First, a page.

The Korematsu Institute for Civil Rights and Education brings its third annual RightsFest, a traveling, pan-ethnic, civil rights film festival, to New York City’s Tribeca Cinemas from September 6-8, 2012.
Inspired by the national dialogue about sports and equality during the height of “Linsanity” in February, the 40th anniversary of Title IX in June, and Oscar Pistorius’ historic participation in the London Olympics, RightsFest 2012 shines a spotlight on civil rights and sports. This year’s festival offers six documentary films about athletes who face equal challenges on and off the track, field or court, due to their race, gender or disability.
Opening night: Thursday, September 6
The 90th Minute (24 min) compels viewers to think about the way we value women’s sports. More than a decade after the 1999 Women’s World Cup, when players like Mia Hamm and Brandi Chastain inspired girls across the country to take up soccer, the Women’s Professional Soccer league still cannot survive. In May, just months after The 90th Minute’s release, the WPS folded completely.
* Director Jun Stinson will join a Q&A discussion following the screening.
Jesse Owens (56 min), a 2012 American Experience film produced by Firelight Media (Freedom Riders, The Murder of Emmett Till), delves beyond the sprinter’s stunning performance at the 1936 Olympics in Nazi Germany to tell the story of the son of a sharecropper who becomes a world champion, only to be confronted by the harsh realities of celebrity.
* Director Laurens Grant will join a Q&A discussion following the screening.
Centerpiece presentations: Friday, September 7
Transcending: the Wat Misaka Story (50 min) chronicles the journey of the first minority basketball player in the NBA. Amidst a hostile racial climate that incarcerated 120,000 innocent Japanese Americans during World War II, Misaka prevails as a top college basketball player who is ultimately drafted by the New York Knicks in 1947.
* Co-directors Christine Toy Johnson and Bruce Alan Johnson will join a Q&A discussion following the screening.
In Her Corner (43 min) profiles 2012 Olympic bronze medal boxer Marlen Esparza. The 2012 Olympic Games were the first to allow women’s boxing, the last female sport to be included in the world’s most prestigious sporting competition. In Her Corner reflects the lives and many struggles of female boxers in this country.
* CNN host Soledad O’Brien will join a Q&A discussion following the screening.
Closing night: Saturday, September 8
Blind Ambition (12 min) introduces us to Simon Hill, a Paralympic soccer player who competes in England’s blind football league. In the world of professional soccer, celebrities and endorsements often drown out individual stories of struggle and sacrifice. Blind Ambition is a refreshingly beautiful portrait of one man’s pure love of the game.
Black Power Salute (58 min) examines one of the most iconic sports images ever captured: the raised fists of two sprinters, Tommie Smith and John Carlos, as they receive their medals during the 1968 Olympics. With the world watching, this single gesture of courage forces the spotlight onto the harsh reality faced by Black Americans.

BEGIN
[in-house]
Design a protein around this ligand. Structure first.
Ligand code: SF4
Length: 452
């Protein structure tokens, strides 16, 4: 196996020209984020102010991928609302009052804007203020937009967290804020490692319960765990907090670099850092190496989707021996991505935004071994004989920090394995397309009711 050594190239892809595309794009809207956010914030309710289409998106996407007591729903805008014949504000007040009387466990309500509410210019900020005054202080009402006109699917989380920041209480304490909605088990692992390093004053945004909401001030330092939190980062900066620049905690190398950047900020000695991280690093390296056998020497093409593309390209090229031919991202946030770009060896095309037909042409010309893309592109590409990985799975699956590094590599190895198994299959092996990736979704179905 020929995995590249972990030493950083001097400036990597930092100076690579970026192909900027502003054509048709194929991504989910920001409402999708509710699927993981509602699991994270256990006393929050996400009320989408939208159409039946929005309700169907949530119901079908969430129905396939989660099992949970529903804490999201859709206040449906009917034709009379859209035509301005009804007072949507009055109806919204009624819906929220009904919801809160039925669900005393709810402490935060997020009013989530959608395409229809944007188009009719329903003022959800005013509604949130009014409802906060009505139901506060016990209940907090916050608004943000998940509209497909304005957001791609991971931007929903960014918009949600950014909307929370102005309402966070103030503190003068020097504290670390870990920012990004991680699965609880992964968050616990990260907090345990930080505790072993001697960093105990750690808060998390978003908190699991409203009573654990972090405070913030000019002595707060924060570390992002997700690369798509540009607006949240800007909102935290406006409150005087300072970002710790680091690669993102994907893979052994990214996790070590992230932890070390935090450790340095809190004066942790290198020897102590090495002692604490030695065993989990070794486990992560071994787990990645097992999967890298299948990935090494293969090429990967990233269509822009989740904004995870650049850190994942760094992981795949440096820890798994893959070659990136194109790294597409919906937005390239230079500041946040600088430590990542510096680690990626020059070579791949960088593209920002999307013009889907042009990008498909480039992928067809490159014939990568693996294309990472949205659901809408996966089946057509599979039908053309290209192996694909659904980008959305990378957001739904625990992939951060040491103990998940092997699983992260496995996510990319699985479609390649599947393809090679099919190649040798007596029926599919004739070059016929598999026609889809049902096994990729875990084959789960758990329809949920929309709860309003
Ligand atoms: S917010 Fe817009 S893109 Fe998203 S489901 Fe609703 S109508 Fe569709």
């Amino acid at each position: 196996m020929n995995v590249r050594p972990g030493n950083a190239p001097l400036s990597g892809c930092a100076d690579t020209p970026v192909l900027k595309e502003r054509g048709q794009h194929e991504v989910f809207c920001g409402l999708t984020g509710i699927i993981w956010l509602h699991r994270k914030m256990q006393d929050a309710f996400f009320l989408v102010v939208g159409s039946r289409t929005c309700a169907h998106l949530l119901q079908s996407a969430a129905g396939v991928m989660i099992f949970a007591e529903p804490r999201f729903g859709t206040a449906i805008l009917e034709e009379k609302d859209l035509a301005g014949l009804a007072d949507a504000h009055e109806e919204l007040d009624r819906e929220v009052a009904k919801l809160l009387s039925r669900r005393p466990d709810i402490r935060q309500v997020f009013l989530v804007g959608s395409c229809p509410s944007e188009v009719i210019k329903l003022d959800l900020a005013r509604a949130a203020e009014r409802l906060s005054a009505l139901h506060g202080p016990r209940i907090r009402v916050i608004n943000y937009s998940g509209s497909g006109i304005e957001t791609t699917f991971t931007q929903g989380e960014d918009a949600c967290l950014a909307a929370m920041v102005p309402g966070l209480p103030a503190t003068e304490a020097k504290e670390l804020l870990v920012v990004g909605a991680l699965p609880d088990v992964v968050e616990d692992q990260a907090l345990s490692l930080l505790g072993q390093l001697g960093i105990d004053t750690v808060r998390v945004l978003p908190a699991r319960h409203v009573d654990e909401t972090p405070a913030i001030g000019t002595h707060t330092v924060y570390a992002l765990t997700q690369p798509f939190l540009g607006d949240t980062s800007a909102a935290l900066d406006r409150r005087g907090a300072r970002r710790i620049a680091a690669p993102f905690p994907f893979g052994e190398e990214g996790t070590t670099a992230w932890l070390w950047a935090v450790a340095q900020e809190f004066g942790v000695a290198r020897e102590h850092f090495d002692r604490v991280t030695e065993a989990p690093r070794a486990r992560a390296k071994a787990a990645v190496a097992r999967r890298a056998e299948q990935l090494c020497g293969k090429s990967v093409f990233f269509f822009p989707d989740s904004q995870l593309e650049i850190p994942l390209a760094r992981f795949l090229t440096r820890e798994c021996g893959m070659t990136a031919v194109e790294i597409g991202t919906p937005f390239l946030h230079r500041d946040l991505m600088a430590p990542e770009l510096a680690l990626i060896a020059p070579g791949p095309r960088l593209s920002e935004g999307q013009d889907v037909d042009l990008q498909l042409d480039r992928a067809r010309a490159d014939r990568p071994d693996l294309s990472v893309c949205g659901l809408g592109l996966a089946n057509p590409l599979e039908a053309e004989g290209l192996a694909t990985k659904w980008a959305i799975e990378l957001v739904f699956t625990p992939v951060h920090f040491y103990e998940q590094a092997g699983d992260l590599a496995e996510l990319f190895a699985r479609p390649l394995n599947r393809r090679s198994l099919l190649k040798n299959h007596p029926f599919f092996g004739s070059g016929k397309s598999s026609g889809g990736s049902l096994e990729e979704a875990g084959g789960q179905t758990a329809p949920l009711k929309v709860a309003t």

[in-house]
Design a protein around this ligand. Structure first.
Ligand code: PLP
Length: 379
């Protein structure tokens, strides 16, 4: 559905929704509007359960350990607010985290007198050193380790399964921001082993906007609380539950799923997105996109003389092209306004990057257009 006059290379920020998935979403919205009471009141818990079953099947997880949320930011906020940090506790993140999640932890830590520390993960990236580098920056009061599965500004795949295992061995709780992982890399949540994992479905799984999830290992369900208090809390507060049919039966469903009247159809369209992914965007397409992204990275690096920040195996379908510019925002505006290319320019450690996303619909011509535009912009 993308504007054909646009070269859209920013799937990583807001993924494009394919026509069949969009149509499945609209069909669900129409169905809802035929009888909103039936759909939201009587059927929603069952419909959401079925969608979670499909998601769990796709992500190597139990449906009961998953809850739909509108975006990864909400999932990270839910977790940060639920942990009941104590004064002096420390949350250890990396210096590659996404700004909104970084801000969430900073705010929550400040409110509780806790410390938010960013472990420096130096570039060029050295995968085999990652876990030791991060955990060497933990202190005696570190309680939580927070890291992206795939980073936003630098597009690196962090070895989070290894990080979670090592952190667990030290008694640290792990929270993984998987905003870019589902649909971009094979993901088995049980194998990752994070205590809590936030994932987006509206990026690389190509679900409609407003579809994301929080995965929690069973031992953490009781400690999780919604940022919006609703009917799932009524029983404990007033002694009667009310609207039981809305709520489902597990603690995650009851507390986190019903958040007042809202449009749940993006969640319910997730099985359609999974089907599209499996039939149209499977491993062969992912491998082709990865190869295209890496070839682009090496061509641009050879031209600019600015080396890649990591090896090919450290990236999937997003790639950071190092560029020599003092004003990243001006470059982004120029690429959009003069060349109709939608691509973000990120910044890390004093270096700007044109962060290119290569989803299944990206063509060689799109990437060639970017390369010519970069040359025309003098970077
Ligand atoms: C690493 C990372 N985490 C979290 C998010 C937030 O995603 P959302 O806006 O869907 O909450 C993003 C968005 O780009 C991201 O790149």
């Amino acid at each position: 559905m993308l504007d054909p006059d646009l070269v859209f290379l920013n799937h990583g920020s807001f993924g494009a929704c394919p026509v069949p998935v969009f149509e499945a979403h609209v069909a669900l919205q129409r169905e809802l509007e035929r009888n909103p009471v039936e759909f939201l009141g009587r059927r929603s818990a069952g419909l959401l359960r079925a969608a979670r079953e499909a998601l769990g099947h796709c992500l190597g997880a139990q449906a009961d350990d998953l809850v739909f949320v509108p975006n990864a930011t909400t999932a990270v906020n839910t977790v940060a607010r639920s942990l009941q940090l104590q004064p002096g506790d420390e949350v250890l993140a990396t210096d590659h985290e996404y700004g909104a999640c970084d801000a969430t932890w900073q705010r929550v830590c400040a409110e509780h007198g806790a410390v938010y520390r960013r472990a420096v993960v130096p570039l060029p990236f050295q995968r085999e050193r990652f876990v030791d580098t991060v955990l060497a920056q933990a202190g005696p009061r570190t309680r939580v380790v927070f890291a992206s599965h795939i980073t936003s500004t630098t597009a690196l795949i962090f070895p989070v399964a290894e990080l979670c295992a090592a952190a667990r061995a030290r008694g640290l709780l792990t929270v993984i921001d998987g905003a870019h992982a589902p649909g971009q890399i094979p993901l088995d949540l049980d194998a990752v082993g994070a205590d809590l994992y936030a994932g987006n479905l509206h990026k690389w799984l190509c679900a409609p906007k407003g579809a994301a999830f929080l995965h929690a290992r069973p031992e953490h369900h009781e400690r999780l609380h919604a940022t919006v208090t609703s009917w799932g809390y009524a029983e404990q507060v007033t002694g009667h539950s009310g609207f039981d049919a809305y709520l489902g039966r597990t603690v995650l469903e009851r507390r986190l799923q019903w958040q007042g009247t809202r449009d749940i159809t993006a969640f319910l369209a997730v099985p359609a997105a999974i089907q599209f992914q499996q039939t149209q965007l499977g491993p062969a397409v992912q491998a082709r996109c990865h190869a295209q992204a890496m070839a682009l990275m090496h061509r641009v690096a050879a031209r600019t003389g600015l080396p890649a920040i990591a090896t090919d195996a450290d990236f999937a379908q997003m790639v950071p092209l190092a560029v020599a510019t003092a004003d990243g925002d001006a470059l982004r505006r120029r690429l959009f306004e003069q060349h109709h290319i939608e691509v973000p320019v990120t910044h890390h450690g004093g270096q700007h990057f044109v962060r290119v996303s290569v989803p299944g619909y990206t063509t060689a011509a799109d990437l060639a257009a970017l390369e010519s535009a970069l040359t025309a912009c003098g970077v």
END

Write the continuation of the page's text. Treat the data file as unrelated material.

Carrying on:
* Olympic gold medalist Tommie Smith, along with director Geoff Small, will join a Q&A discussion following the screening.
Screenings are at 7:00 pm. Tickets are $8.00 per night and available for purchase at www.rightsfest.org.
RightsFest is a traveling, pan-ethnic, civil rights film festival sponsored by the Korematsu Institute for Civil Rights and Education. The annual RightsFest brings audiences a diverse range of social justice films as well as panels to discuss civil rights, activism, filmmaking, and community-bridging solutions. RightsFest 2012 is made possible by funding from Open Society Foundations. 2012 Community Co-sponsors include the Asian American Legal Defense and Education Fund, Asian CineVision, Black Documentary Collective, DV Republic, Firelight Media, Metropolitan Black Bar Association, National Association of Hispanic Journalists.
About the Korematsu Institute
The Fred T. Korematsu Institute for Civil Rights and Education is a program of the Asian Law Caucus in San Francisco. The Korematsu Institute is dedicated to advancing pan-ethnic civil and human rights through education. Founded in the name of the late civil rights hero Fred Korematsu, the Korematsu Institute develops and distributes free curriculum about Asian American history to teachers around the country. In 2010, the Institute led community efforts to pass California’s Fred Korematsu Day, the first day in US history named after an Asian American. Fred Korematsu is celebrated every January 30, on Mr. Korematsu’s birthday. For more information, visit www.KorematsuInstitute.org or www.FredKorematsuDay.org.
Other Articles by Lia Chang:
Epic Theatre Presents Jeanne Sakata’s Hold These Truths, starring Joel de la Fuente, May 20-21, 2012
President Obama Names Asian American Civil Rights Hero Gordon Hirabayashi Recipient of Presidential Medal of Freedom
Coming to America through The Angel Island Immigration Station
Remembering Civil Rights Leader Gordon Hirabayashi,1918- 2012
Fred Korematsu, American Hero and Civil Rights Activist Dies at 86
Celebrating my mom – AN ACTIVE VISION: BEVERLY UMEHARA…LABOR ACTIVIST…1945-1999
Fred Korematsu Becomes First Asian American in the Smithsonian’s National Portrait Gallery Civil Rights Exhibition
Photos: A.B. Cruz III and Lillian Kimura Receive 2011 AALDEF Justice in Action Awards
Reverend Jesse Jackson & Beau Sia slated for 1st Annual Fred Korematsu Day Celebration at UC Berkeley
Governor Arnold Schwarzenegger Signs Fred Korematsu Day Bill, Bill Establishes January 30 as Fred Korematsu Day of Civil Liberties and the Constitution
Making the Fred Korematsu Day of Civil Liberties and the Constitution Bill a Reality
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